“If all you have is a hammer, everything looks like a nail” (Abraham Maslow). And, no one wants to interact with Oscar the Grouch 24/7 whether in person or online. I minimize my time with negativity because it adversely affects me. I pick up and absorb moods, attitudes, accents, words, phrases, etc. I am acutely aware of every vibe the people around me give off, even online. Example, if Chaz gets mad at another driver and is still enraged about it ten minutes later, I’m on edge and jittery. Because of this, I have unfollowed bloggers and tweeters who put out nothing but negativity. The beginning of this month I declared a Facebook break because I was seeing too many people being judgmental and negative about little things that shouldn’t even matter. I’m a lot happier not scrolling through my Facebook feed even though I miss out on what my family and friends are up to.

If I were to yell, put down, and condemn every single person in my life who made a mistake about my health conditions when all they really were doing was trying to understand, no one would ever invite me over again. If every Christmas I responded to one of my in-laws saying, “The ham is gluten-free!” with an angry retort of, “How do I know you didn’t add poisonous gluten to it?”, it would be the end of Christmas with the in-laws. If I showed up to every family function with the expectation that I be catered to and was not happy with the gluten/allergy-free choices then ranted to the host, it would be the end of family functions for us. If every person who made a joke online about gluten when they were only trying to understand and I made a snide comment in return, I would only alienate them.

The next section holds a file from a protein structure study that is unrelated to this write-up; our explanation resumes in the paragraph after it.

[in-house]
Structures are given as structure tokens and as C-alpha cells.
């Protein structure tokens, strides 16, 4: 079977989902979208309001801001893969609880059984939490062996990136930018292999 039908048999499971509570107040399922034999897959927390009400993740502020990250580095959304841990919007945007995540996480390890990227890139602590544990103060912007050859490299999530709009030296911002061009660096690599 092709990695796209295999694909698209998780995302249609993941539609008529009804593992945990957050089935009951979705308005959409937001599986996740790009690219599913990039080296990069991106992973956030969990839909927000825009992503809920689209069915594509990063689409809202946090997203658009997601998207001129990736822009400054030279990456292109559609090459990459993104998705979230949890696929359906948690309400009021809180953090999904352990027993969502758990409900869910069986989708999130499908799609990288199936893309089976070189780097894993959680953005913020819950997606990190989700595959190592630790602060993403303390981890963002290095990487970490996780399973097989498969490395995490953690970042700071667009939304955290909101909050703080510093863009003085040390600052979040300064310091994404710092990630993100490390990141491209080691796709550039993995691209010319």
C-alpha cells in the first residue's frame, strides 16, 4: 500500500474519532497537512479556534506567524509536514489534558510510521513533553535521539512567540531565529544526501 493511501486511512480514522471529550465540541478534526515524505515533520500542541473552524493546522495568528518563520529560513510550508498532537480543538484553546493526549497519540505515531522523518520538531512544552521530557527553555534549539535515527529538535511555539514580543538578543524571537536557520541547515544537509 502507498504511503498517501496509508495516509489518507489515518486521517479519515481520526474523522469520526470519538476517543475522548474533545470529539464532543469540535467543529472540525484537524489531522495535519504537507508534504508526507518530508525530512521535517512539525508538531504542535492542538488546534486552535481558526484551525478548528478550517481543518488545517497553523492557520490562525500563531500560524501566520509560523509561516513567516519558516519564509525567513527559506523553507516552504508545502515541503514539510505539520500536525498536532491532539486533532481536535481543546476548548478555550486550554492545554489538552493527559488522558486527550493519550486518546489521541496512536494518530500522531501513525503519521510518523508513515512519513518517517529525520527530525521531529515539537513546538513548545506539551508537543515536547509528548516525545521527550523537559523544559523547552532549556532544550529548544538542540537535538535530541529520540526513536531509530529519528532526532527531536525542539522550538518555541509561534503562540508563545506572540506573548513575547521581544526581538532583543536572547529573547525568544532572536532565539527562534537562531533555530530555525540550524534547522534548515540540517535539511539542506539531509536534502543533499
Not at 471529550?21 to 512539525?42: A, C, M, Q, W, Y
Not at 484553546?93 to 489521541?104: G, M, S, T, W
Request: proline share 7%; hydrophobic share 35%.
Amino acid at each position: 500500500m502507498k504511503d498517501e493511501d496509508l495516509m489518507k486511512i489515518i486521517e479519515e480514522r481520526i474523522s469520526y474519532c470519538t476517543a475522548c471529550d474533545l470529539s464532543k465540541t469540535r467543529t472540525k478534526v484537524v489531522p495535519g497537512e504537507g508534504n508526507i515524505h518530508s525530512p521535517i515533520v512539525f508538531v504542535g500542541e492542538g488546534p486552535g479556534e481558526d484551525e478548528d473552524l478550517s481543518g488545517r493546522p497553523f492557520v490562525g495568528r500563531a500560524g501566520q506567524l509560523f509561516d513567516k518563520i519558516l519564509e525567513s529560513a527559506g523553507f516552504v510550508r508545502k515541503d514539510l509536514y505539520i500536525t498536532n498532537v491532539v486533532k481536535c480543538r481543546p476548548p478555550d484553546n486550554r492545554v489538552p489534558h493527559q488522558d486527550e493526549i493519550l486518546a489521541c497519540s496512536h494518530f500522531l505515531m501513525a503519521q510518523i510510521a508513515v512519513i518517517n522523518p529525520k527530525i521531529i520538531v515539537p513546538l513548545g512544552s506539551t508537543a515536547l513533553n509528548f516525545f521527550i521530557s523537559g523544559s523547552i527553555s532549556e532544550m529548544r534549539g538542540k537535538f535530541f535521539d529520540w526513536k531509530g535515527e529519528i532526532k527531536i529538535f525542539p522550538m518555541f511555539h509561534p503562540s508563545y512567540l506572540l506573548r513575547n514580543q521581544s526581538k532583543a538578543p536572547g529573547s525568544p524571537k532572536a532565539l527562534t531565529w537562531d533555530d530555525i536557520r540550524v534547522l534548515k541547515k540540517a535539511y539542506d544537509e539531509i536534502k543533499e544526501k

The tweet that enraged some people was about gluten in shampoo by a celebrity chef. It seemed to me he was making a joke because he didn’t understand and he said at the end of the tweet that he was confused. I knew this was a teaching moment and he had already received some angry tweets, including one from a blogger I stopped following long ago because of the constant negativity. I acknowledged that he was likely making a joke and told him that gluten in personal care products is an issue for those of us with Celiac. It really doesn’t take a lot to be nice. He tweeted back and thanked me while the other blogger tweeted us both ready to condemn. I refuse to go there when we need to be responsible. If we want society to understand our medical condition and needs we can’t beat them over the head when they get it wrong no matter how much we want to. We need to partner, be kind, and educate. We’ve already seen that media misleads when it comes to teaching the general public about gluten and the gluten-free diet. It is up to us to re-pave those roads and make sure everyone takes it.

Offended by this post? Refer back to paragraphs two and three above.